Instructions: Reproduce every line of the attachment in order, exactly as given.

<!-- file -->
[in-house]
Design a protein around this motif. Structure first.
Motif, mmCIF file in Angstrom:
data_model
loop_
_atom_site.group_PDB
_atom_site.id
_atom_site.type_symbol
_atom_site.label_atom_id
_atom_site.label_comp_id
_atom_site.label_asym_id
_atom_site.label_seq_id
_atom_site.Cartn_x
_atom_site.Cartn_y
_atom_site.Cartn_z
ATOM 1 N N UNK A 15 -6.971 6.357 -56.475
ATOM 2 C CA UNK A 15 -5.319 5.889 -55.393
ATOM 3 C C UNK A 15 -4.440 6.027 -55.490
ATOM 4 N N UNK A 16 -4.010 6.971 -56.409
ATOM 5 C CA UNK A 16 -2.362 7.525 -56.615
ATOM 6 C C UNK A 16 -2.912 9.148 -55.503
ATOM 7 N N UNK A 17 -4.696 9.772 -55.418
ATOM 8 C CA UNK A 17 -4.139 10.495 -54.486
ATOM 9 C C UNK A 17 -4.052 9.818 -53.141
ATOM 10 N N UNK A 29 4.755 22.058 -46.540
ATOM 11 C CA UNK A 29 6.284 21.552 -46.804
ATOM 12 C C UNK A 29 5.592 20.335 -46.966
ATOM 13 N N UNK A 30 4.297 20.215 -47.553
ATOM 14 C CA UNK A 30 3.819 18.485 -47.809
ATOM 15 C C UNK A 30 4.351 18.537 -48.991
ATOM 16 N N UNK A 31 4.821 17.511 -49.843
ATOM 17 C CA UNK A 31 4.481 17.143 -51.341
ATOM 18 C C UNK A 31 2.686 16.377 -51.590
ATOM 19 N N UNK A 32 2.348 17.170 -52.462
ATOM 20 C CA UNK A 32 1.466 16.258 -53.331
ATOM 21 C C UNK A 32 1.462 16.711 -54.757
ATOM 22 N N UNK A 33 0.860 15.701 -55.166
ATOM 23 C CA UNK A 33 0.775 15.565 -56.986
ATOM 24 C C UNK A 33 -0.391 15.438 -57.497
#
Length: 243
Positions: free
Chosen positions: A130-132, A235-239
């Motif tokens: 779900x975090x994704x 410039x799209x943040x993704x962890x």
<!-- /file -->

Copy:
[in-house]
Design a protein around this motif. Structure first.
Motif, mmCIF file in Angstrom:
data_model
loop_
_atom_site.group_PDB
_atom_site.id
_atom_site.type_symbol
_atom_site.label_atom_id
_atom_site.label_comp_id
_atom_site.label_asym_id
_atom_site.label_seq_id
_atom_site.Cartn_x
_atom_site.Cartn_y
_atom_site.Cartn_z
ATOM 1 N N UNK A 15 -6.971 6.357 -56.475
ATOM 2 C CA UNK A 15 -5.319 5.889 -55.393
ATOM 3 C C UNK A 15 -4.440 6.027 -55.490
ATOM 4 N N UNK A 16 -4.010 6.971 -56.409
ATOM 5 C CA UNK A 16 -2.362 7.525 -56.615
ATOM 6 C C UNK A 16 -2.912 9.148 -55.503
ATOM 7 N N UNK A 17 -4.696 9.772 -55.418
ATOM 8 C CA UNK A 17 -4.139 10.495 -54.486
ATOM 9 C C UNK A 17 -4.052 9.818 -53.141
ATOM 10 N N UNK A 29 4.755 22.058 -46.540
ATOM 11 C CA UNK A 29 6.284 21.552 -46.804
ATOM 12 C C UNK A 29 5.592 20.335 -46.966
ATOM 13 N N UNK A 30 4.297 20.215 -47.553
ATOM 14 C CA UNK A 30 3.819 18.485 -47.809
ATOM 15 C C UNK A 30 4.351 18.537 -48.991
ATOM 16 N N UNK A 31 4.821 17.511 -49.843
ATOM 17 C CA UNK A 31 4.481 17.143 -51.341
ATOM 18 C C UNK A 31 2.686 16.377 -51.590
ATOM 19 N N UNK A 32 2.348 17.170 -52.462
ATOM 20 C CA UNK A 32 1.466 16.258 -53.331
ATOM 21 C C UNK A 32 1.462 16.711 -54.757
ATOM 22 N N UNK A 33 0.860 15.701 -55.166
ATOM 23 C CA UNK A 33 0.775 15.565 -56.986
ATOM 24 C C UNK A 33 -0.391 15.438 -57.497
#
Length: 243
Positions: free
Chosen positions: A130-132, A235-239
């Motif tokens: 779900x975090x994704x 410039x799209x943040x993704x962890x």